When walking to school was uphill both ways

“Tell us a story about when you were our age,” three of the grands clamor as we help put them to bed.

“Well, OK. When I was 6 years old I walked twelve blocks to school every day.”

“That’s a long walk.”

“It didn’t seem long, although as I remember it was uphill both ways.”

“Did any adults go with you?”

“No. Just other kids.”

They gasp in horror.

“No, that was all right back then. Lots of kids walked to school.”

“Uphill both ways!” one adds.


“Exactly. And at the start of school a voice would come over the public address system and announce what would be served in the school cafeteria for lunch. Then the teacher would ask who would be buying lunch at school and who would be going home for lunch.”

“Kids got to go home for lunch? No way!”

“Yes, way. You could go home for lunch if you didn’t live far and could walk fast.”

“But you lived far and it was uphill both ways.”

“Yes, but I had three elderly great aunts who lived only six blocks from school. If I didn’t like the school lunch, I would raise my hand that I was going home for lunch.”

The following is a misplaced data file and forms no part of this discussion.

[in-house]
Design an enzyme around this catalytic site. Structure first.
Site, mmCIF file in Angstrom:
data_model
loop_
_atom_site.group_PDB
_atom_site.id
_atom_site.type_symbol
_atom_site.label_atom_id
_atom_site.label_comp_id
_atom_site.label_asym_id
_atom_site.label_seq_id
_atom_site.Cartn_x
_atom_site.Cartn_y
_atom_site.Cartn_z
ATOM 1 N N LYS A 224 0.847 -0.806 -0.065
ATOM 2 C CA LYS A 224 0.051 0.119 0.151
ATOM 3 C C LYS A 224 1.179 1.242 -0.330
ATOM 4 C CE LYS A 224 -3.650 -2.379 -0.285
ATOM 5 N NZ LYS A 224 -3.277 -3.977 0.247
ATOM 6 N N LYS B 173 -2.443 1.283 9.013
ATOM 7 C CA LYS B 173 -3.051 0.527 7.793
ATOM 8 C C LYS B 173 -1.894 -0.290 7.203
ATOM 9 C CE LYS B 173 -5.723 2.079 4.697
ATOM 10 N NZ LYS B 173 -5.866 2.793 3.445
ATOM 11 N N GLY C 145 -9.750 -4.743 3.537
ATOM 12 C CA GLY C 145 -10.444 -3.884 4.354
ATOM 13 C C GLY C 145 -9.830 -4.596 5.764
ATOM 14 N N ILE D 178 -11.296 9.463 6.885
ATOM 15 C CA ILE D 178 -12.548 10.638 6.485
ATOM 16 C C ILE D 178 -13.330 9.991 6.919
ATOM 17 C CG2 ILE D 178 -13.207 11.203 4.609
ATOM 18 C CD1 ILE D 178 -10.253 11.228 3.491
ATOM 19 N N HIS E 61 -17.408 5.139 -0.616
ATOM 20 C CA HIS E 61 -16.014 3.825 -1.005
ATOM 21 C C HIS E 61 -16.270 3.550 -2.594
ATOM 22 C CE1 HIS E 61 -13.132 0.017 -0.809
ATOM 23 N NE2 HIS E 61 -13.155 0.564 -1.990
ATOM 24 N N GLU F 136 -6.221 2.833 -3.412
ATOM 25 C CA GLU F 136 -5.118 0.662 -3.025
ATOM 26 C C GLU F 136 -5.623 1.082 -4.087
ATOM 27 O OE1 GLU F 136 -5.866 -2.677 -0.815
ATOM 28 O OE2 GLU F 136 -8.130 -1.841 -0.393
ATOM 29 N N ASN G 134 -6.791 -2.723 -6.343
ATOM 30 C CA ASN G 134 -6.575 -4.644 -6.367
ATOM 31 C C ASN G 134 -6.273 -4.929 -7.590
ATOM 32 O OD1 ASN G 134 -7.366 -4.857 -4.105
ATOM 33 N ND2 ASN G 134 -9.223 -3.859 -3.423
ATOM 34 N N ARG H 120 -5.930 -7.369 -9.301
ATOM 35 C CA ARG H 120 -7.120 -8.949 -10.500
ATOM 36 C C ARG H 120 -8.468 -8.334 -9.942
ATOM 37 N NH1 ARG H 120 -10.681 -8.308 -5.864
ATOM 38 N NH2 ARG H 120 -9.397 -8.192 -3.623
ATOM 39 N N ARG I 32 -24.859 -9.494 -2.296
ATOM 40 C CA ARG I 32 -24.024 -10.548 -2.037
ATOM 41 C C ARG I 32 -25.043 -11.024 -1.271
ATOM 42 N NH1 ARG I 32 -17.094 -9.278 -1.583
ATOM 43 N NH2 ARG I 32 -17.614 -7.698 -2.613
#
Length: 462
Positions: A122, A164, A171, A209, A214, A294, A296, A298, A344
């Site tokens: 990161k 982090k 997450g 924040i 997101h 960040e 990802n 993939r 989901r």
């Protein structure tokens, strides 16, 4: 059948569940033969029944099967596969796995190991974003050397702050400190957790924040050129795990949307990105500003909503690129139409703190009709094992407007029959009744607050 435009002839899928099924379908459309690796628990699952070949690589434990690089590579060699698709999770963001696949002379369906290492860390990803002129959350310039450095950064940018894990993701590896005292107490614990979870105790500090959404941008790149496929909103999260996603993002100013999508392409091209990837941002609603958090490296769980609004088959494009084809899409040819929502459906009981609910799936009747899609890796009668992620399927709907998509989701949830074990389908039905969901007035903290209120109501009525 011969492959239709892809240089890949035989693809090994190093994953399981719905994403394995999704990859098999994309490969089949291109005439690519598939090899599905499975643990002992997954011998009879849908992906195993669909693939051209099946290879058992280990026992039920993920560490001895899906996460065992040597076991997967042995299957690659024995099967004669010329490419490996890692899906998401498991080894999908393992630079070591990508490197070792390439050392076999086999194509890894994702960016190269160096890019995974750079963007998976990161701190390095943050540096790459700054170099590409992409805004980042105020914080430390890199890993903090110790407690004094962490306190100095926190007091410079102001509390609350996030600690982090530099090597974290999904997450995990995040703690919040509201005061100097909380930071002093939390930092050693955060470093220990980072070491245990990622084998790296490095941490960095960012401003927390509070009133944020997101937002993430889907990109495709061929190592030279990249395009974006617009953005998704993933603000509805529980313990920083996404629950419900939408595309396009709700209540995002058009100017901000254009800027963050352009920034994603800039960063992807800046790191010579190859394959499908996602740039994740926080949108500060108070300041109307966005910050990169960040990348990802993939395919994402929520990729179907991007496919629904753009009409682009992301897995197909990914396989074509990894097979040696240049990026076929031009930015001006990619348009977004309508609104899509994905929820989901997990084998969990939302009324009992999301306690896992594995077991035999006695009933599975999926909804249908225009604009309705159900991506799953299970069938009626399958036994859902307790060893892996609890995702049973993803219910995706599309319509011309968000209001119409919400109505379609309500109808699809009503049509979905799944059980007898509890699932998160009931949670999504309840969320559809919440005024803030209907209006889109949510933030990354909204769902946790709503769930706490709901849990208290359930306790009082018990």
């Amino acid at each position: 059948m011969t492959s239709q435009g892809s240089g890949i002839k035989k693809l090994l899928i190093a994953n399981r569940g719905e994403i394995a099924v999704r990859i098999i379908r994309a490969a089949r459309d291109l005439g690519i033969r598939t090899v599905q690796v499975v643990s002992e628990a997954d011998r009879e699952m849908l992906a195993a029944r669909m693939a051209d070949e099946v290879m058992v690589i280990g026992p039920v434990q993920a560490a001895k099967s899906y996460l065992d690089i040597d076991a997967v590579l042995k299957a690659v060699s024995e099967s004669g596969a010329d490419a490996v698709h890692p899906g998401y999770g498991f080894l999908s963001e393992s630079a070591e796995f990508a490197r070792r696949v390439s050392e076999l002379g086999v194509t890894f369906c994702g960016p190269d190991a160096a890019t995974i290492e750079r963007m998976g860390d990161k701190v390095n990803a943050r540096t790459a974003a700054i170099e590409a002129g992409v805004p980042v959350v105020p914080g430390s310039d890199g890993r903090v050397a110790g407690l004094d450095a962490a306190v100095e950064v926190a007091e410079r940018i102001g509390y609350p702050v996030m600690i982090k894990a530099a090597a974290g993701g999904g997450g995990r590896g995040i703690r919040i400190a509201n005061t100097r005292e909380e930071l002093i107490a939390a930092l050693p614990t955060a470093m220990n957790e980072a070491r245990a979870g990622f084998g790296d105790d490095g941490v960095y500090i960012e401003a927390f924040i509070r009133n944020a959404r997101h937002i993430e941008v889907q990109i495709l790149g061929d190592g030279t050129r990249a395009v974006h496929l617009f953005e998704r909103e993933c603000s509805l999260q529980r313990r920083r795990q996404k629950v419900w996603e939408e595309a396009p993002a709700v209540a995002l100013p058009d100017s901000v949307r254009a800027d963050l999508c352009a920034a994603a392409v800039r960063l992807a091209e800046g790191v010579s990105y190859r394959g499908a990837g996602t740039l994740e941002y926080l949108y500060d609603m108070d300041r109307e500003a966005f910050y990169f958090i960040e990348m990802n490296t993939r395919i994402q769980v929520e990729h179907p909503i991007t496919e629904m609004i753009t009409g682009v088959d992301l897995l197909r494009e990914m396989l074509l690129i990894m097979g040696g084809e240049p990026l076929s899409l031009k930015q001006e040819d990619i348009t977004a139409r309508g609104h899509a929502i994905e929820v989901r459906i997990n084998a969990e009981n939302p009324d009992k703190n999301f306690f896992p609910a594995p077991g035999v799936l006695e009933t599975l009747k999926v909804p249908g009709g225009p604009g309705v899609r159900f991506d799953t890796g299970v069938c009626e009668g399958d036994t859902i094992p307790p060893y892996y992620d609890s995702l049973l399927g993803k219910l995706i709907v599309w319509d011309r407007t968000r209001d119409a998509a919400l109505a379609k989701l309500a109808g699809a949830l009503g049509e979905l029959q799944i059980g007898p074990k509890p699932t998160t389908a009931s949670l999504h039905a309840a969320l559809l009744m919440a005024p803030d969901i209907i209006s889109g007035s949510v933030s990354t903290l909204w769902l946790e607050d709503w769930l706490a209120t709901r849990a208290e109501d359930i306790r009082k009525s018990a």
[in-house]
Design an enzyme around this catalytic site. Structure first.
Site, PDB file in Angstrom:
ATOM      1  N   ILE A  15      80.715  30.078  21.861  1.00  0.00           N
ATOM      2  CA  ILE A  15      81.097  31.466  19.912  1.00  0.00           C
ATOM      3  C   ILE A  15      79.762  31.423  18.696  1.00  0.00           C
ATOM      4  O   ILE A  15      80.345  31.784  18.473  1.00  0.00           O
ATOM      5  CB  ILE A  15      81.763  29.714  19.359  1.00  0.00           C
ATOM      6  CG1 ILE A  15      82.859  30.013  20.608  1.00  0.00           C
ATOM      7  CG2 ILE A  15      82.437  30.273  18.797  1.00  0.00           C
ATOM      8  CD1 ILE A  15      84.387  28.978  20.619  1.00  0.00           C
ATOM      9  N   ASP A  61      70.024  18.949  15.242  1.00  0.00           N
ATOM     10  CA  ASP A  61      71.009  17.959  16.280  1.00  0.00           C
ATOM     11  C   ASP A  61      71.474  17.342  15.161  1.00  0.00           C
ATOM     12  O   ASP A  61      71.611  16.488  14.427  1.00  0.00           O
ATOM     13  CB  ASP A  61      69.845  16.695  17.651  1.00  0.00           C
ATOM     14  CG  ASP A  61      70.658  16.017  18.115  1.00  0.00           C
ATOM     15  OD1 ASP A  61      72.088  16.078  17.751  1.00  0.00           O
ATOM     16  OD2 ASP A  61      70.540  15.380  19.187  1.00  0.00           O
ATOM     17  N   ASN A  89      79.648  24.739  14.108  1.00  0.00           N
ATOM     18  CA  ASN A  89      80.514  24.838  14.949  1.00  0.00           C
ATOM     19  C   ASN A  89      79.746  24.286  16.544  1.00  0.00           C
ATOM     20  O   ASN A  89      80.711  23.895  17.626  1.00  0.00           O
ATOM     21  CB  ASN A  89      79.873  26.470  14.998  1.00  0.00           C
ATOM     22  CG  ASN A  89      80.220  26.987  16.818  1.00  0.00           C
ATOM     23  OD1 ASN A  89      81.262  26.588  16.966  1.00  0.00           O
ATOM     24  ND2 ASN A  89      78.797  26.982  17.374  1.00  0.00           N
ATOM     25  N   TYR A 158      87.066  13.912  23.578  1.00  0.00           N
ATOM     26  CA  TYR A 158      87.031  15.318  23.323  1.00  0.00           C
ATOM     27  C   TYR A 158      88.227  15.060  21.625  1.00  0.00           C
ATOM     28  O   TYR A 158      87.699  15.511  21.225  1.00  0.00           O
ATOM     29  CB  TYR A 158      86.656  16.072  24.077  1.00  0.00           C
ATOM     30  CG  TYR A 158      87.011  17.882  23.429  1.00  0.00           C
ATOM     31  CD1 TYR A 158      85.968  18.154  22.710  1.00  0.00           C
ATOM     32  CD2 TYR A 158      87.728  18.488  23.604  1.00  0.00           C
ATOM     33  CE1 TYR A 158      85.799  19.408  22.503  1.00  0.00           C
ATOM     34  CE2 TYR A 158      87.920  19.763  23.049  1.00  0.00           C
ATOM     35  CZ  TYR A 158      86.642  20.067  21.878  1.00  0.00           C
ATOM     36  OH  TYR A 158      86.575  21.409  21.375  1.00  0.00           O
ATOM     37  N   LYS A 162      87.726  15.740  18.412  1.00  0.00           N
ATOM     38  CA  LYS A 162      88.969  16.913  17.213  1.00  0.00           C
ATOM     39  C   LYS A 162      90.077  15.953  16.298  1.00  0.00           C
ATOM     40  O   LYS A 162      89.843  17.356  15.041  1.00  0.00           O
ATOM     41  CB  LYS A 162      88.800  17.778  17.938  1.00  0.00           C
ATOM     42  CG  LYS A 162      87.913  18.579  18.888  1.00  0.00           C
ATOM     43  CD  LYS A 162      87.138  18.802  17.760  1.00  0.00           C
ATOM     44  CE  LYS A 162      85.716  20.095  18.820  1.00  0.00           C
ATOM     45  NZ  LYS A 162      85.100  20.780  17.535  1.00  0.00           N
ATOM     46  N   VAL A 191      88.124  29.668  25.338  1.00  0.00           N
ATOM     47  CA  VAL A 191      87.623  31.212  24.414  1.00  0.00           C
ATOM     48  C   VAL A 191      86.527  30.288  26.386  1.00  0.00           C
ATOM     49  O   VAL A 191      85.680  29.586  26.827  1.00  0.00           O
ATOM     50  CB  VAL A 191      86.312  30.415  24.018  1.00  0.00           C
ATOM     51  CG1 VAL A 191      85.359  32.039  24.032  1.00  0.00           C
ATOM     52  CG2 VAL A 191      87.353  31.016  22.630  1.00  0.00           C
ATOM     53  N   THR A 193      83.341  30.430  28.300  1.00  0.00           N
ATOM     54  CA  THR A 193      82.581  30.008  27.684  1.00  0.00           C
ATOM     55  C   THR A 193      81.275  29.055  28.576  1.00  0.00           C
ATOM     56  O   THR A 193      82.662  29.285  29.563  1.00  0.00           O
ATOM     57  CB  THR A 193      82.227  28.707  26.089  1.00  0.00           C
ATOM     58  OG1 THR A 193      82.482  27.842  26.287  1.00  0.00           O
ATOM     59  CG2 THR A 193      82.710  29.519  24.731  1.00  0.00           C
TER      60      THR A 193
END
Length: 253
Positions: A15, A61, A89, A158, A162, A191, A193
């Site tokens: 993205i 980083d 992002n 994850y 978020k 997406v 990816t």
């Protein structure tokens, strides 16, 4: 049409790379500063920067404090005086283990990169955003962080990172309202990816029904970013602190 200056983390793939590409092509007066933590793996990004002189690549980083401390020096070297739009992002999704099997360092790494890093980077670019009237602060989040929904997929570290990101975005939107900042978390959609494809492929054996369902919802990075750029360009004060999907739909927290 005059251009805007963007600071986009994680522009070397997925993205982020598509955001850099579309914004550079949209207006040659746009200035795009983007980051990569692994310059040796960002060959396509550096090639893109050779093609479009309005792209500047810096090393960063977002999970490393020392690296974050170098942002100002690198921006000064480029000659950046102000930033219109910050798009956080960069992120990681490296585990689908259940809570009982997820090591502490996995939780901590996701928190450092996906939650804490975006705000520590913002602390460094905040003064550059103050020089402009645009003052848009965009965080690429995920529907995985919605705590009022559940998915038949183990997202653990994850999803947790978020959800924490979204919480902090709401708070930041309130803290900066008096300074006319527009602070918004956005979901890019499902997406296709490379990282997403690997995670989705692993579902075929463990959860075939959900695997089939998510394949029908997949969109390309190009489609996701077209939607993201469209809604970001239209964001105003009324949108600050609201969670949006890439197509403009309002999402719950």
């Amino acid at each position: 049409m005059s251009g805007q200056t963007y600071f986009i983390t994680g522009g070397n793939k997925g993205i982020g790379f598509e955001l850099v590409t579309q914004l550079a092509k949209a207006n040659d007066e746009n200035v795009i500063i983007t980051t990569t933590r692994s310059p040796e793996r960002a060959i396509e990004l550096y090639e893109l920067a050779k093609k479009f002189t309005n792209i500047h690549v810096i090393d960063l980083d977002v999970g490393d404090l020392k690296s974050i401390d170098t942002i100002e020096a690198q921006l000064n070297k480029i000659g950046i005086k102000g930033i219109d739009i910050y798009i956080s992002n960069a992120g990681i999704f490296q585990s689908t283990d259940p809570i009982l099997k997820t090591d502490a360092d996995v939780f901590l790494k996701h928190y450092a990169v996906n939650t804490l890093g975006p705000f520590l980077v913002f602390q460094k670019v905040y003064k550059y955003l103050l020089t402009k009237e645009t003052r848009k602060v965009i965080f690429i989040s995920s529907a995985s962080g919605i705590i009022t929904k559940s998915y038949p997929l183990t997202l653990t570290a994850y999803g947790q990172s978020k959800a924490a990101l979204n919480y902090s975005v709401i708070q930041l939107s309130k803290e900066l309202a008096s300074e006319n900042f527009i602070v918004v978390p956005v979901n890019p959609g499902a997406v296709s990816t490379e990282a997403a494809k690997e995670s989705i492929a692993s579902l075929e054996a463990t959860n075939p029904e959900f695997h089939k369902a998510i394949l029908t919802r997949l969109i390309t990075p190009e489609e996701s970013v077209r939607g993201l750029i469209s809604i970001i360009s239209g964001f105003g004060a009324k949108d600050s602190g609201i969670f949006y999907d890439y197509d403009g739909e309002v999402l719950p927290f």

“Who walked with you?”

“Nobody.”
More looks of disapproval.

“Tell them kids did that back then,” I say to the husband.

He shakes his head as though he’s never heard of such a thing.

“So I would walk to my great aunts’ house, knock on their door and announce I was there for lunch.”

“Were they surprised?”

“I think so. They often let out little screams, which were probably squeals of delight. One would race to heat soup, another would ask if I wanted crackers and a third would start cooking chocolate pudding. They’d sit me in a tall chair at the long dining room table and watch me eat. As soon as I finished, one of them would walk me to the end of the block and watch until I turned the corner to go back to school.”

“That’s a scary bedtime story, Grandma.”

“It is not a scary story; it’s a wonderful slice-of-life story. But one day my great aunts told my parents what I had been doing and that I shouldn’t do it anymore in case one day I came and they weren’t home.”

They shake their heads in agreement, siding with the voices of caution and disapproving of Grandma’s actions as a 6 year old.

I am quick to tell them they should never, ever do anything like that today, even though it was OK for me to do it a long time ago. And they should also eat whatever the school is serving. Bedtime stories with grands should not end with strong caveats, but mine did.

They turn to Grandpa and say, “Tell us a story about when you were our age.”

“Well, he says, thinking. “I always did what I was told and never disobeyed.”

At least my story was true.

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